When my husband and I were 9 we were lucky to have few worries in life. Our son on the other hand was on Queen’s Park protesting for the right to be educated in the way that is scientifically proven to be the best for his needs. Four years later, things aren’t much better. Protesting for funding for core autism services is still necessary in Ontario as children are still languishing on waitlists. On Monday October 16th, the Ontario Autism Coalition is leading a protest at Queen’s Park drawing attention to the distressing situation faced by children with autism in this province.
This is what happened in 2019, and the effect that protesting had. The Ontario Autism Program underwent significant changes under the leadership of Doug Ford’s government. In February 2019, the Conservative government made the controversial decision to discontinue the needs-based autism program and introduced drastic alterations, shifting to a flat-rate funding model. When Lisa MacLeod, the Minister of Children, Community and Social Services at the time, announced these changes, it sparked outrage and widespread criticism. Therapy funding was reduced from full coverage to just $20,000 per year until the age of six and then slashed to $5,000 per year between the ages of six and 18. This sent a powerful message. Families, including ours, were shocked and devastated by the implication that if your child was older than six, they were no longer deemed worthy of the investment. Our son, like many others, continued to make significant progress and learn crucial life skills well past that age. The government’s stance seemed to suggest that he, and others like him, were no longer deserving of the funding necessary to acquire these vital skills.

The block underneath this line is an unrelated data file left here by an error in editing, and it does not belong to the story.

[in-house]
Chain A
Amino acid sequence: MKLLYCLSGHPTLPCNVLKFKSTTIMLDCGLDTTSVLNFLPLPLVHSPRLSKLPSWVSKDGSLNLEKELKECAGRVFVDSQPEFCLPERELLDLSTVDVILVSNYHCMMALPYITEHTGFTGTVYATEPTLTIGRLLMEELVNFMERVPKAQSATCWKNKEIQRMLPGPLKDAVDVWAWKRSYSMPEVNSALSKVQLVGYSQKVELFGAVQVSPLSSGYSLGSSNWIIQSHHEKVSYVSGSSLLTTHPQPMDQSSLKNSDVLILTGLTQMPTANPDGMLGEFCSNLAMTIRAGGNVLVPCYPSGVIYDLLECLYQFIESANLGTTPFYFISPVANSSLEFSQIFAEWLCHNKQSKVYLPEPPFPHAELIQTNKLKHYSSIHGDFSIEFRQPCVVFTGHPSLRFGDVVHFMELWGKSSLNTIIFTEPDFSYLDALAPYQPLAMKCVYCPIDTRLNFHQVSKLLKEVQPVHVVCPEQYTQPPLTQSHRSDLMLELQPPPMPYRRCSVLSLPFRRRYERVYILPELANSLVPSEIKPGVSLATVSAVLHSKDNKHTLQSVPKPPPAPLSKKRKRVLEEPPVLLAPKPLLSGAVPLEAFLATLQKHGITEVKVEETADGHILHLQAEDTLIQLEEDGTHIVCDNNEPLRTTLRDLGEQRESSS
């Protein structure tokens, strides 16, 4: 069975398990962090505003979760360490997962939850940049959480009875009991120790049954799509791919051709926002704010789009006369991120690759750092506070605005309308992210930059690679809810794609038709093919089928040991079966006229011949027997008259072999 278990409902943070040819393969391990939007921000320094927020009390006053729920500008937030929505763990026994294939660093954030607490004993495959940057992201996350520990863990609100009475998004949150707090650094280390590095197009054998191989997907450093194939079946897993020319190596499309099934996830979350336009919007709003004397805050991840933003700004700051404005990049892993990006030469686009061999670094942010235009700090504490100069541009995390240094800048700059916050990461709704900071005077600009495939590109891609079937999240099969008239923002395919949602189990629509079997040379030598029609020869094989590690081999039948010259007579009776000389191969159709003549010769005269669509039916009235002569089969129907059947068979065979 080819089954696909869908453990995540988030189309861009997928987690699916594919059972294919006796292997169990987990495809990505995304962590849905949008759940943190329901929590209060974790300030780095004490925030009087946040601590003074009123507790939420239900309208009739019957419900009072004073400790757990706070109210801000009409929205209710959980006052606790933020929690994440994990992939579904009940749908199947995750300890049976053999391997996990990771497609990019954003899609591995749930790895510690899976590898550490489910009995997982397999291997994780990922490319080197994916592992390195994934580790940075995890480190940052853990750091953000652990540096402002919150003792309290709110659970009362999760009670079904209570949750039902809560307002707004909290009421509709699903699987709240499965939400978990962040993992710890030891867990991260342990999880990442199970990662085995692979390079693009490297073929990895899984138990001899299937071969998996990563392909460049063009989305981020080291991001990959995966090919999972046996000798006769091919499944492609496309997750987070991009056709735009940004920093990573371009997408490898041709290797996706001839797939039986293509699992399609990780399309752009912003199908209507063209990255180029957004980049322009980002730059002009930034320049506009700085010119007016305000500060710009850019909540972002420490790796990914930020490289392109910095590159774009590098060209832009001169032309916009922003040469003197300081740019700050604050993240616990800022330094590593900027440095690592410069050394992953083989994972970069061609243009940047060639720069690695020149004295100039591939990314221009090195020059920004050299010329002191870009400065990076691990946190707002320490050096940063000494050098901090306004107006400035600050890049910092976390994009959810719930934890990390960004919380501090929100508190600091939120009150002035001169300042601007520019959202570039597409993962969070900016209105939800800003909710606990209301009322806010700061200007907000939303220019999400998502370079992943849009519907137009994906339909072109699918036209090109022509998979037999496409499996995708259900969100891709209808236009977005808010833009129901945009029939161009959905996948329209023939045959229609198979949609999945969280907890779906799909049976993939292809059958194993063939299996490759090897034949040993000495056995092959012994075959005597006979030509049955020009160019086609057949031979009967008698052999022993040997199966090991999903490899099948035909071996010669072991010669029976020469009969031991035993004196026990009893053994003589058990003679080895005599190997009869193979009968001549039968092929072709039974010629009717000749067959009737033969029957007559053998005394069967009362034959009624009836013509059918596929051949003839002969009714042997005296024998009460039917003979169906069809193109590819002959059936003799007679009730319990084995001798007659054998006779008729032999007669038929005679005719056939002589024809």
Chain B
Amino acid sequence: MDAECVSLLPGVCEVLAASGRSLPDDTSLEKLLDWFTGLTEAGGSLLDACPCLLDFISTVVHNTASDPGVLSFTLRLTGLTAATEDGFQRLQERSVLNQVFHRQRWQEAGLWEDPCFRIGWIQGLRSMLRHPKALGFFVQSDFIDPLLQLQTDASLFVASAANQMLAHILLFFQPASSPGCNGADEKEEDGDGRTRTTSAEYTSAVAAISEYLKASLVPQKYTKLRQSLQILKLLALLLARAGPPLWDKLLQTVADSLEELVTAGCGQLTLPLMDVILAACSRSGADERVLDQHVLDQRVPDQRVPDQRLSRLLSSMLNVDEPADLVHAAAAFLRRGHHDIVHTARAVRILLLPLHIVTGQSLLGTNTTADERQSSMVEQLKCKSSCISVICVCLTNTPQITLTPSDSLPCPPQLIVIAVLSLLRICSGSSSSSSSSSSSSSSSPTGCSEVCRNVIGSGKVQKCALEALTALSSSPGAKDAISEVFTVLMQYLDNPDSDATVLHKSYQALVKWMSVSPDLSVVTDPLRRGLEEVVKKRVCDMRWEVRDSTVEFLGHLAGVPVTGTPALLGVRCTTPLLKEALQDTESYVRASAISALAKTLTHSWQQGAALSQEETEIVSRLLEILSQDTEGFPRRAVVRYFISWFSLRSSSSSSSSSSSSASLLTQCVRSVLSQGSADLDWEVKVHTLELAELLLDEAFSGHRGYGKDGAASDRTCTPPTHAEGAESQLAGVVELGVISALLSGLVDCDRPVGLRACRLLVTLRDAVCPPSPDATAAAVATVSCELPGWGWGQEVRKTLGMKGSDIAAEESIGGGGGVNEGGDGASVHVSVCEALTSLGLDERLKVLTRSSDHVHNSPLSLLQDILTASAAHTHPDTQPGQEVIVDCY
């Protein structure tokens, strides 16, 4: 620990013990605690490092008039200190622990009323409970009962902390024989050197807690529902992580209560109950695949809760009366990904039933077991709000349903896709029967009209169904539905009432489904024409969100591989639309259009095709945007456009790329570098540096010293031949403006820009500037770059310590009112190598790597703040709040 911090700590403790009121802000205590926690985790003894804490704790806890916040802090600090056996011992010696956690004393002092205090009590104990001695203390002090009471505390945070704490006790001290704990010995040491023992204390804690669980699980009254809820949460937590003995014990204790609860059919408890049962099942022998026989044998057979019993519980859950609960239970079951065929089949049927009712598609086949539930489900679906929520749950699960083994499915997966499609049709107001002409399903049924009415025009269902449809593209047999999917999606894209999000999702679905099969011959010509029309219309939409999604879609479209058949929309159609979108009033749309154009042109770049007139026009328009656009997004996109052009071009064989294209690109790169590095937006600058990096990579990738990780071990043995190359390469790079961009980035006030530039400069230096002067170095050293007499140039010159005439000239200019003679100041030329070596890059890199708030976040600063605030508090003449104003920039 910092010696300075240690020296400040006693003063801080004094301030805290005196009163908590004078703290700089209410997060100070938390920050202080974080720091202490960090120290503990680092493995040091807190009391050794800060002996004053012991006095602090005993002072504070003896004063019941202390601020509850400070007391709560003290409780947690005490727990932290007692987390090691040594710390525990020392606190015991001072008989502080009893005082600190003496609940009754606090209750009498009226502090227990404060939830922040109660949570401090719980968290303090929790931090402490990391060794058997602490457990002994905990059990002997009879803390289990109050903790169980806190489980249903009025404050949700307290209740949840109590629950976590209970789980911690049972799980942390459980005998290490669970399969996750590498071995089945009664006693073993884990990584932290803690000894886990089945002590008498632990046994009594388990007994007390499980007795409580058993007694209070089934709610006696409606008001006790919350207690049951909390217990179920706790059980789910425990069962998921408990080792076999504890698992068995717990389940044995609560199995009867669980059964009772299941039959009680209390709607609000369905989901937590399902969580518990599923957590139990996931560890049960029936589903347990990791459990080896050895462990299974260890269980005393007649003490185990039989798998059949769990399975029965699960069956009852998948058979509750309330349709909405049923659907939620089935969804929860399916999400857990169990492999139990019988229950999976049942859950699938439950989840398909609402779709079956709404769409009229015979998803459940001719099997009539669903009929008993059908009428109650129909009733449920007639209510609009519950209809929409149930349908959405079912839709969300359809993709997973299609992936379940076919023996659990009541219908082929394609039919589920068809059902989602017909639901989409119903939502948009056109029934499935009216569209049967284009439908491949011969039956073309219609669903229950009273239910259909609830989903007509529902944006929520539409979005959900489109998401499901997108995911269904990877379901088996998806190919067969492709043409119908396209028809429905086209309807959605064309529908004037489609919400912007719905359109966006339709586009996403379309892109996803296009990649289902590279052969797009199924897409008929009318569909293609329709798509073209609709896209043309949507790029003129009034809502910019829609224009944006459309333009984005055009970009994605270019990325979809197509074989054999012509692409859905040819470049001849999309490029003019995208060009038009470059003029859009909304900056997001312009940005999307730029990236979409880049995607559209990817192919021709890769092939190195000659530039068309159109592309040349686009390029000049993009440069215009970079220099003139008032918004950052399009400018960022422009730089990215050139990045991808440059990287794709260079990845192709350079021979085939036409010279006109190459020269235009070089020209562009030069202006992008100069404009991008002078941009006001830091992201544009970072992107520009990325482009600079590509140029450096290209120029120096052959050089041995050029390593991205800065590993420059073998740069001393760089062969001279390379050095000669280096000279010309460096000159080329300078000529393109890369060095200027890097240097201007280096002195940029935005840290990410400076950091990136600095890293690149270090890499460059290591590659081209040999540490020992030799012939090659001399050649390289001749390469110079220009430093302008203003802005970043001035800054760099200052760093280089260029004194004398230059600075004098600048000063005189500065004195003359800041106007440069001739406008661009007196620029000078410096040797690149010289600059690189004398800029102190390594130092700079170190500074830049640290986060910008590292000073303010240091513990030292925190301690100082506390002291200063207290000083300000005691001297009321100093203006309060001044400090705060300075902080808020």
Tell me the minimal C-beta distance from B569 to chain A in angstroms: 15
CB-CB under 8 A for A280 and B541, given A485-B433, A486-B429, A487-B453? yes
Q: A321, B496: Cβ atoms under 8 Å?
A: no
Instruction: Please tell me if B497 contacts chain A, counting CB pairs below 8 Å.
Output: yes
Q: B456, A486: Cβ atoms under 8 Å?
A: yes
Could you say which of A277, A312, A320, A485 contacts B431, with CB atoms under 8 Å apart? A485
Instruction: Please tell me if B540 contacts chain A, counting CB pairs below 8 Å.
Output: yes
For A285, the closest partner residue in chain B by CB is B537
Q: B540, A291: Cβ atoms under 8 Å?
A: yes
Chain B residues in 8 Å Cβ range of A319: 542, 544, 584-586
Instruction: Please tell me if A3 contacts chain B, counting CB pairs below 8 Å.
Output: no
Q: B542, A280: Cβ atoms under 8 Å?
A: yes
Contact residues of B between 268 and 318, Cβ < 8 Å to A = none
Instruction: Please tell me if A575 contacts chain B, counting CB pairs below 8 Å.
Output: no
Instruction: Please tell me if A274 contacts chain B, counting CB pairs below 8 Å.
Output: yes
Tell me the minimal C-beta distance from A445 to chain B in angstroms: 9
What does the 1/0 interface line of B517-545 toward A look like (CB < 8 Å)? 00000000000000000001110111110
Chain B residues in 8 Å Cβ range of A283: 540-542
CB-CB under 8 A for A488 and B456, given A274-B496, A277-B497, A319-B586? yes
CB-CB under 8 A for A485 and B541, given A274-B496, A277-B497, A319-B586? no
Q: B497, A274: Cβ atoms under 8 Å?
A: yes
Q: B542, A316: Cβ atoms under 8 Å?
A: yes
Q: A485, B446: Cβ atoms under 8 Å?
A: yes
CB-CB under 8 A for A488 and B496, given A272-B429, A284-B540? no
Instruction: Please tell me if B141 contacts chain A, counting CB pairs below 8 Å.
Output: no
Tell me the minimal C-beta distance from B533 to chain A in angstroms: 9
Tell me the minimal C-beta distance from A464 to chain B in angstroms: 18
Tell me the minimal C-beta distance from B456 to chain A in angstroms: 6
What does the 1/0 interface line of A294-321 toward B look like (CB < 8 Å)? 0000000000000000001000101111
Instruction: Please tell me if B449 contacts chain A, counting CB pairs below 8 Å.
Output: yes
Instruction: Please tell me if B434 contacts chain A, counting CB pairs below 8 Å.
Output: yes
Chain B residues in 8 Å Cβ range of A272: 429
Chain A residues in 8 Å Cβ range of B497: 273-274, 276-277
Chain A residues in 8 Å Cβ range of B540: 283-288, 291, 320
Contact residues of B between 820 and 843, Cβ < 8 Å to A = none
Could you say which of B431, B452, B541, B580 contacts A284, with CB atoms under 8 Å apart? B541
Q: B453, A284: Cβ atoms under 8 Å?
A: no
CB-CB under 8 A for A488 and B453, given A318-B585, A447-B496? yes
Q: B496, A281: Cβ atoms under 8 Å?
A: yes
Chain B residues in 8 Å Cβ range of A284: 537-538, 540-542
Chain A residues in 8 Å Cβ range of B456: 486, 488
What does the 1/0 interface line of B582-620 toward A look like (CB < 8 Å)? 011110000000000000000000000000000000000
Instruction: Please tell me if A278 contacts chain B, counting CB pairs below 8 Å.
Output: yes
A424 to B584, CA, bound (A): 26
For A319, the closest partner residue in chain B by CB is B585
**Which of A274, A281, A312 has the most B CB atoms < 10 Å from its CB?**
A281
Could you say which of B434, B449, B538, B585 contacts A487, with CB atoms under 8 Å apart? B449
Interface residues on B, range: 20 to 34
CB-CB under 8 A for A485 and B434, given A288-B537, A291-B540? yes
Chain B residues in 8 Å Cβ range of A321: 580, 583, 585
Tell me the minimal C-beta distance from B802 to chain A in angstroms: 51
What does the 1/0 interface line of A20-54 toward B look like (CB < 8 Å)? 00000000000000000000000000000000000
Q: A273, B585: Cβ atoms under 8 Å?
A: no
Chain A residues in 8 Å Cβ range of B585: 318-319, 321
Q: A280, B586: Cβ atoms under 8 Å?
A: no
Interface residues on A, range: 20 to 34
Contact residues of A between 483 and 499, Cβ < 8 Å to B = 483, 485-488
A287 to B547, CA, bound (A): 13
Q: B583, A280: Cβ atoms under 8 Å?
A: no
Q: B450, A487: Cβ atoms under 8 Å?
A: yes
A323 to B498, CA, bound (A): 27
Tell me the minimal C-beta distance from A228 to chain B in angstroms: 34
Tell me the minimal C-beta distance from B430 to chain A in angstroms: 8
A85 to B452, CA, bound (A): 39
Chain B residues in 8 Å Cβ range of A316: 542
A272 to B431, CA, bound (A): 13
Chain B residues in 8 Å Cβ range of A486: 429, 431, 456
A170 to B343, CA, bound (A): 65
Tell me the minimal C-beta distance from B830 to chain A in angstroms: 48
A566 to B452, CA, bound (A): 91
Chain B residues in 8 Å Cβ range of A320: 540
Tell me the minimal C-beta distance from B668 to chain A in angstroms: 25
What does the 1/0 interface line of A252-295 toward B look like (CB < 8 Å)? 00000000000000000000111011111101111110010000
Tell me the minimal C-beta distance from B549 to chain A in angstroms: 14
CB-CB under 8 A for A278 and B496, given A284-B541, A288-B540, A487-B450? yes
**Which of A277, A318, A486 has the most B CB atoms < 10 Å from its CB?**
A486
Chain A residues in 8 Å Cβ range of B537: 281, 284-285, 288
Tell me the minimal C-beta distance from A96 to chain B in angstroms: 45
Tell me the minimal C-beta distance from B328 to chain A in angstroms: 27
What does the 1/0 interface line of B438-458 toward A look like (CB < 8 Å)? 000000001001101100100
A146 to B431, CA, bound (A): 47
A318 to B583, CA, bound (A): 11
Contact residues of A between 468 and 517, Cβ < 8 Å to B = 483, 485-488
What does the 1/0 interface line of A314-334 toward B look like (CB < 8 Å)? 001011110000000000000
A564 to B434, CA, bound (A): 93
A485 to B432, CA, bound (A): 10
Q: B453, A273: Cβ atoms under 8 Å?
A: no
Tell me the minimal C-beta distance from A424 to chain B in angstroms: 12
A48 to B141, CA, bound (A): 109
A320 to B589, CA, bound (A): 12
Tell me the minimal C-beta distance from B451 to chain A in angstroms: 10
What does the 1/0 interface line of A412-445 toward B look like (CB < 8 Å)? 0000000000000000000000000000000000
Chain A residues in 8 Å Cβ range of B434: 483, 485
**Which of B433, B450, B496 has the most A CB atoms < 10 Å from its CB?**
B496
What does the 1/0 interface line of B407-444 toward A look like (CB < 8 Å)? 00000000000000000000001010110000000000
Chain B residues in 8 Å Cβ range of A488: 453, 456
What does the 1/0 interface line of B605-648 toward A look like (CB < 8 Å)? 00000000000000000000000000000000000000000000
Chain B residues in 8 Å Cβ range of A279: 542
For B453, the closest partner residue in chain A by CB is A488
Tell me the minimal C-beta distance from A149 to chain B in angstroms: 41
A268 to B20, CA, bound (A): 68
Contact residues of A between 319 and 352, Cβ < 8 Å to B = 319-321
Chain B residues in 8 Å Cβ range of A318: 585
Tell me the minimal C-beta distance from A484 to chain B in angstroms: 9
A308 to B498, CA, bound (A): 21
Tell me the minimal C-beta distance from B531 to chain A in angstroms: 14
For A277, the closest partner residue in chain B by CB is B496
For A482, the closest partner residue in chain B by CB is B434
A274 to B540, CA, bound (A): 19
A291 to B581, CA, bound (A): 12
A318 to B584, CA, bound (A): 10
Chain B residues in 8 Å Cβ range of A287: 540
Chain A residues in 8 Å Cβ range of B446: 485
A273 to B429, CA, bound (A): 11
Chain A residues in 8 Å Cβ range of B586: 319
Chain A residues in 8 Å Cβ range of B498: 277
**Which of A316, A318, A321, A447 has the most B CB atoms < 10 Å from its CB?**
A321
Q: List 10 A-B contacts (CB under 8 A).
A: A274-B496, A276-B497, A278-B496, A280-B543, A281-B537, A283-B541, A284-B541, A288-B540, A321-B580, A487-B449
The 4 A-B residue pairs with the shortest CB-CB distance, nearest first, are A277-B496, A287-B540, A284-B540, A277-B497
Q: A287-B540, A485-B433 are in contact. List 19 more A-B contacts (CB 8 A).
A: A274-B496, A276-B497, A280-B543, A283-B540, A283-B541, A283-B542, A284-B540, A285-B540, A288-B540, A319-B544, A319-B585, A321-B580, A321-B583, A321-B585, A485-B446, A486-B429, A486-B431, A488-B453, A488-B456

Their rationale for this move was the extensive wait times experienced under the old program, which had been causing difficulties for families. The decision was presented as a means to “clear the waitlist,” but it was met with strong opposition from many families with children on the spectrum. They were devastated because it meant that children with more high support needs would receive reduced financial support compared to their previous allocations. Protests began immediately, and the autism community faced additional indignities with Lisa MacLeod’s misconduct toward behaviour analysts who expressed their concerns about the changes. She was accused of issuing warnings of potential consequences if they did not endorse her new autism program. This was a government minister whose literal job was to support and protect children, threatening professionals who dedicate their lives to helping nonverbal children with limited life skills and providing support to exhausted families. To say this new government was terrifying for families with children with exceptionalities is an understatement.
To get an idea of the type of families that Doug Ford’s government was harming, watch this segment I produced for CTV’s Your Morning about a family with three boys with autism who had their funding ripped from them because of their age. Telling their story was very difficult for me as I was also fighting for my son’s funding but it was also so important as this government was spinning their nonsense about “clearing the waitlist” and people who weren’t affected by it were buying it because they didn’t know any better. It was crucial to show what the government was really doing to vulnerable children.